But once those thoughts are triggered, he and others clarified, an image could rise up two or three times a minute! And they also said that if the man is highly visually oriented, and if that temptation is entertained at all, it is even more difficult to get rid of.

Okay, let's take a deep breath for a second. For some of us, this is a lot to take in. For others, it's no big deal. Also, if you are "visual," you may more readily understand your husband's struggle. And don't worry - you're normal. But it's important for the rest of us to realize that our men are normal too. As the national survey showed, this temptation is common to every man. And as my interviewees emphasized, it has no bearing on their devotion to their wives.
Before we go any further, we should make a critical distinction: Temptations are not sins. (The Bible states that "Jesus was tempted in every way.") What we do with those temptations is the issue, and we'll get to that in a moment.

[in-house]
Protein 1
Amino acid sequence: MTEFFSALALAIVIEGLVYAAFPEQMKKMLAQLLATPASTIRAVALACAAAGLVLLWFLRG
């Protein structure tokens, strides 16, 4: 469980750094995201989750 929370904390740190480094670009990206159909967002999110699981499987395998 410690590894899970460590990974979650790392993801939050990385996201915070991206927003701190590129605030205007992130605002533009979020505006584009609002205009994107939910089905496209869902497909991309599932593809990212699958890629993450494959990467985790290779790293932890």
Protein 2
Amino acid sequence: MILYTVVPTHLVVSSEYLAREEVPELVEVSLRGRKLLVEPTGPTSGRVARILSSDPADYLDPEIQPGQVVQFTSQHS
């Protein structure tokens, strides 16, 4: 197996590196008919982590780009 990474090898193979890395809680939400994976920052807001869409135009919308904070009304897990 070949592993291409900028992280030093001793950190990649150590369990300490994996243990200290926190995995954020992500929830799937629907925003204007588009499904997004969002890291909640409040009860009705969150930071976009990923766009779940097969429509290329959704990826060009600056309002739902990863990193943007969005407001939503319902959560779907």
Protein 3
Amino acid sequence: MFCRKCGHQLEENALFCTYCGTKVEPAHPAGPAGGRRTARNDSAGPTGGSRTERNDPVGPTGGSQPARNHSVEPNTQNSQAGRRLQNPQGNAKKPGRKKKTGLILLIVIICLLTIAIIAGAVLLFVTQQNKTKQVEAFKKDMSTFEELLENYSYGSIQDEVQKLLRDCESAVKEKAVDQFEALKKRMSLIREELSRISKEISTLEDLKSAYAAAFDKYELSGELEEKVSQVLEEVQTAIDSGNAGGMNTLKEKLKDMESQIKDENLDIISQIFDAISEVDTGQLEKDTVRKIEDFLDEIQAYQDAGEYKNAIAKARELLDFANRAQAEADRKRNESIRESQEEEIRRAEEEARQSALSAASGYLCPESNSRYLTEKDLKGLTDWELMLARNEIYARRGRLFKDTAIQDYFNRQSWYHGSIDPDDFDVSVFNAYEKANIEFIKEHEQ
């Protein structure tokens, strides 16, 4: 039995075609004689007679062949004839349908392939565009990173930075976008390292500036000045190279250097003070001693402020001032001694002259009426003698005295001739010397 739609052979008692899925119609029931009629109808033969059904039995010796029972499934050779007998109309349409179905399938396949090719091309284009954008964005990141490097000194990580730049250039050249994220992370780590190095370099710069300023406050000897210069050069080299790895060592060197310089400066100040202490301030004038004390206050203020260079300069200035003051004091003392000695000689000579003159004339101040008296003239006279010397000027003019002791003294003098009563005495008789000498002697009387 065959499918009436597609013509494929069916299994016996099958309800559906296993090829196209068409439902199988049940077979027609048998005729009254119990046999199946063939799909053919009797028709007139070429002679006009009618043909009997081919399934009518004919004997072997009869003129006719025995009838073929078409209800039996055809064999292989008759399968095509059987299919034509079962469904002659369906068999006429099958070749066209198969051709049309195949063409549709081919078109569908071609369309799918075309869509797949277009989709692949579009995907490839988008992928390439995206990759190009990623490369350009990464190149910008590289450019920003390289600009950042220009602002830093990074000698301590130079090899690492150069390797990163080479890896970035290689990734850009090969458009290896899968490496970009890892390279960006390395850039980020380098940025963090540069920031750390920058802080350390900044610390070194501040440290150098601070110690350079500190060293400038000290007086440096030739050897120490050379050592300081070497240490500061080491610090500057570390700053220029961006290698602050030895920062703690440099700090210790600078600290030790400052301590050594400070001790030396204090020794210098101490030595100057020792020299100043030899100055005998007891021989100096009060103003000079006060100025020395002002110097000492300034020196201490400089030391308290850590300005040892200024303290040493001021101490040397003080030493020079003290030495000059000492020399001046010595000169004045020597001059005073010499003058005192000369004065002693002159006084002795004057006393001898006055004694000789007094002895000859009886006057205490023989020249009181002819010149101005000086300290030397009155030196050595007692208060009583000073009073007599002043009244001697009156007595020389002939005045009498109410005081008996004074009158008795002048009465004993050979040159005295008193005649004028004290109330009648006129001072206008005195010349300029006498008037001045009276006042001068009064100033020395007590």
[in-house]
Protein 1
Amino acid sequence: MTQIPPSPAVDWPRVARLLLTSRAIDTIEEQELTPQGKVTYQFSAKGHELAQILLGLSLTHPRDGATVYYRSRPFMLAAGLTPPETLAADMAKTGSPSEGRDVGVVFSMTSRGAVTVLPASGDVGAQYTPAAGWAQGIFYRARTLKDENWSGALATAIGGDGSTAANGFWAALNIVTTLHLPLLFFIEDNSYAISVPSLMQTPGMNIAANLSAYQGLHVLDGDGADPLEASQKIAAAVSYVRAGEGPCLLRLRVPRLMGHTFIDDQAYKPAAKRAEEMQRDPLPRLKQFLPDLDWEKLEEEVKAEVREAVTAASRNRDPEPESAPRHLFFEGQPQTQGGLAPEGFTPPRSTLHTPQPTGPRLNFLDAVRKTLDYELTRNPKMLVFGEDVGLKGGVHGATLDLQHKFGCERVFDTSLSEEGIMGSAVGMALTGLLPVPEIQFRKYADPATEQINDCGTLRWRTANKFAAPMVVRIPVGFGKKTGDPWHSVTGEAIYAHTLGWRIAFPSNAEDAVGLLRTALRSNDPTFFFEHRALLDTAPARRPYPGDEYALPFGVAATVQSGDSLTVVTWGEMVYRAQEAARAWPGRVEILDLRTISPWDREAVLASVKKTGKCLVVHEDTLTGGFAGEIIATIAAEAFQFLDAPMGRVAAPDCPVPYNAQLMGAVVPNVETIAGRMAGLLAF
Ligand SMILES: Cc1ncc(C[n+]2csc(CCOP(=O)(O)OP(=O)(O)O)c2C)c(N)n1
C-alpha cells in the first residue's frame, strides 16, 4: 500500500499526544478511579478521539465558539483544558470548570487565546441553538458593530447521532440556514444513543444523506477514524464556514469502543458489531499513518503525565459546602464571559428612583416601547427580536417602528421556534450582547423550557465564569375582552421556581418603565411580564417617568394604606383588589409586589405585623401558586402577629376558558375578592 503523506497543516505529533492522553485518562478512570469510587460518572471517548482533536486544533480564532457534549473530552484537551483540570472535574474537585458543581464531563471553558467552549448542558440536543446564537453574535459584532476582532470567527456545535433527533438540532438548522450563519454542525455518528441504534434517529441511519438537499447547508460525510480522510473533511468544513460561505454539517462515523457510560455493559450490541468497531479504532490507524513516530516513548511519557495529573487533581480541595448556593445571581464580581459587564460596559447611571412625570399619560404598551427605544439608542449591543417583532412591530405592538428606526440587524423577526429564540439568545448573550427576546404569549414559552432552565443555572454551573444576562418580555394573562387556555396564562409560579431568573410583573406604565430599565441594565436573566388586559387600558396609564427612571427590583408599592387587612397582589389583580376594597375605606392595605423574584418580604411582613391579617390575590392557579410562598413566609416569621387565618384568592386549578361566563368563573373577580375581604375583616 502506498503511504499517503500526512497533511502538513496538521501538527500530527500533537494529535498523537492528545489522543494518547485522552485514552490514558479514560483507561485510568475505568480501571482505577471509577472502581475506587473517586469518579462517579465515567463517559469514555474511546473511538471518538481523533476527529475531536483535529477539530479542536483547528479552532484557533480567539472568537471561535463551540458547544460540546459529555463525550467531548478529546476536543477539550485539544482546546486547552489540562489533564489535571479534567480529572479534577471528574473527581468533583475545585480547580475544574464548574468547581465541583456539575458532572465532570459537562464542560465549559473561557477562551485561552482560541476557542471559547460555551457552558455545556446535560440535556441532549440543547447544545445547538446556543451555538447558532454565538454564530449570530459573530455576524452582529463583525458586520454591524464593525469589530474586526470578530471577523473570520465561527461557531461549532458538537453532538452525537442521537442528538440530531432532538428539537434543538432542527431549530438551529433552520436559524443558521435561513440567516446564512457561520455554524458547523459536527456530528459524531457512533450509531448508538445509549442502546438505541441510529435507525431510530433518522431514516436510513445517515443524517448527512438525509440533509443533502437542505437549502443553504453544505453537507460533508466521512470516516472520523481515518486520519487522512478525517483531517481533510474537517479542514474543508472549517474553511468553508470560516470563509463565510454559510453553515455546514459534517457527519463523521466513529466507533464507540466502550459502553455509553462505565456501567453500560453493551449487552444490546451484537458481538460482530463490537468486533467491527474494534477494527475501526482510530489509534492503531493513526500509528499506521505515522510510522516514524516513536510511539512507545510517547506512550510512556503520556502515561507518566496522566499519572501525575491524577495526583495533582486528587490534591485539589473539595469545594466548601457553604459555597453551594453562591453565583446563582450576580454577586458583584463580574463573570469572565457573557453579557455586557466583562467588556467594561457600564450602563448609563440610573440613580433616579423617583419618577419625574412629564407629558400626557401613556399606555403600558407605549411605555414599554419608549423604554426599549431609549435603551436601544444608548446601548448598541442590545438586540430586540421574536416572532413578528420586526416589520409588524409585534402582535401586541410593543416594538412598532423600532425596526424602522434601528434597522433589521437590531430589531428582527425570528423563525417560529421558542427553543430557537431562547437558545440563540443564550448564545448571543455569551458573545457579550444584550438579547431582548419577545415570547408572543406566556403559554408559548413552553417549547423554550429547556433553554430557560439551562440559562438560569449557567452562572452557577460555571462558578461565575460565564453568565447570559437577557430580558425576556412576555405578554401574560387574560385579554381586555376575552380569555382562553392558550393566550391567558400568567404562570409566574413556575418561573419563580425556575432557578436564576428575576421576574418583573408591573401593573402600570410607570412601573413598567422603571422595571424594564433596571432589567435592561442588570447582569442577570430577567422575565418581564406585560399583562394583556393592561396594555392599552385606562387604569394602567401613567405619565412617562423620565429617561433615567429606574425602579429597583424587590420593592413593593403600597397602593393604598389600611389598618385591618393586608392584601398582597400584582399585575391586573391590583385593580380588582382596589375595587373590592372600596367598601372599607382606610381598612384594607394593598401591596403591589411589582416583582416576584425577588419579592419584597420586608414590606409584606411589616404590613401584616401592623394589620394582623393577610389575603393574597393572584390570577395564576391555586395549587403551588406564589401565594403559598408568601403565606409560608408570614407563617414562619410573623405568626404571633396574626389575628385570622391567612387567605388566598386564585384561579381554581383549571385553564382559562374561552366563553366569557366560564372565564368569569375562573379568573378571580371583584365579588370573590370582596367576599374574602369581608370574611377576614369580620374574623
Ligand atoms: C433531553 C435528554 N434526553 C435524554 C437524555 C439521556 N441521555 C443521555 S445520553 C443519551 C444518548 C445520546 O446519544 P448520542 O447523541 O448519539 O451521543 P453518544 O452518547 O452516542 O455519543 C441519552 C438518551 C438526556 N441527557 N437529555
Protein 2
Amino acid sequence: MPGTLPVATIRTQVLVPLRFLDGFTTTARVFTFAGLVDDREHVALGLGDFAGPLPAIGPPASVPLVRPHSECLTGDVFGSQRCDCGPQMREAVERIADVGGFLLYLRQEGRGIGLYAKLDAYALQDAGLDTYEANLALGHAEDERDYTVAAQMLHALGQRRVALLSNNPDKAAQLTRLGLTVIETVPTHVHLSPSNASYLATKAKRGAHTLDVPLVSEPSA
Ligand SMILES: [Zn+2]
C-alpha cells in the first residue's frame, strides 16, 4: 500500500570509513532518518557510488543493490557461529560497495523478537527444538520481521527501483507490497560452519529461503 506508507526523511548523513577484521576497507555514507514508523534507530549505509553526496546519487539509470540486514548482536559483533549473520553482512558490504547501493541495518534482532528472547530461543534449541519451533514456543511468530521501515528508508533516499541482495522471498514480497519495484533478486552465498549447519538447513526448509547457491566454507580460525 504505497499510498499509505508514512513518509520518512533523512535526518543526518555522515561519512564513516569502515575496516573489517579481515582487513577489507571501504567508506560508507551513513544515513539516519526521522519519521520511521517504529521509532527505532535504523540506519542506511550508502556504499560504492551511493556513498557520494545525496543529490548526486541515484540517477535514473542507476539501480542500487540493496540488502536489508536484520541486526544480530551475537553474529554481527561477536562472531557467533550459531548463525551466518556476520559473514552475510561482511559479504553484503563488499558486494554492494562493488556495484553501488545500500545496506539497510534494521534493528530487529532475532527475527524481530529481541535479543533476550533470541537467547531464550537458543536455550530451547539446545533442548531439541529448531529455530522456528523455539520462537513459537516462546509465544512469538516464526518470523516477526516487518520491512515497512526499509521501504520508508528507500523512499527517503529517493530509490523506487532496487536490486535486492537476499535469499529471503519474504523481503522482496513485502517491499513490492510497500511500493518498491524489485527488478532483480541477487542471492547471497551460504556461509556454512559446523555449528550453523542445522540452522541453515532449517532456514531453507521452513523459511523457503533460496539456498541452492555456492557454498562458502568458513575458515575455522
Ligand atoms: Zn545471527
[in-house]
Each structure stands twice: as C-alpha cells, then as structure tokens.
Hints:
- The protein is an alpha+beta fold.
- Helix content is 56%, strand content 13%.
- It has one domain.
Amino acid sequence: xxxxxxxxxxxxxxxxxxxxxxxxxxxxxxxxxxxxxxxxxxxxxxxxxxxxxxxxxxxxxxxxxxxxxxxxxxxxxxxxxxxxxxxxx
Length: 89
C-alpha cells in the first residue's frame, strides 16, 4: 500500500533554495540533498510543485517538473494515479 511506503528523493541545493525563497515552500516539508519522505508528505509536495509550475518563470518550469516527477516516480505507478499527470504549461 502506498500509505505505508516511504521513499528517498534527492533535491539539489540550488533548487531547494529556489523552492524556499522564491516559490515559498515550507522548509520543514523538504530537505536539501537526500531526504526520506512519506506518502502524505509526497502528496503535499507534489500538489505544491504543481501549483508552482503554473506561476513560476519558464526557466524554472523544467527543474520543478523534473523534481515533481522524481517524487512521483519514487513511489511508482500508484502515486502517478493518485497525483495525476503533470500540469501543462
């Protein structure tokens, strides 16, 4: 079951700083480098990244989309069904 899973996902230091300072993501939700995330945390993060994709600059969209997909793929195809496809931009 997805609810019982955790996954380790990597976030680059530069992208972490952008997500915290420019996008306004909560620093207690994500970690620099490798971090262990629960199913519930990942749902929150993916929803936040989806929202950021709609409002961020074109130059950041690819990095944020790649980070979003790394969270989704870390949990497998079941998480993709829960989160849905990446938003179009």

For now, let's sort out the progression of male responses to see which are involuntary and which most definitely are not.
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So, are you still ok with laying all the blame on the man whose eyes are stuck to you? Or even the man's eyes who glance but who is desperately trying to erase the image of you in your micro-mini and low-cut shirt?
I'm not. And I'm not ok with my husband or other men who are desperately trying to honor their wives being blamed for having roving eyes!

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I will edit and add more later. :)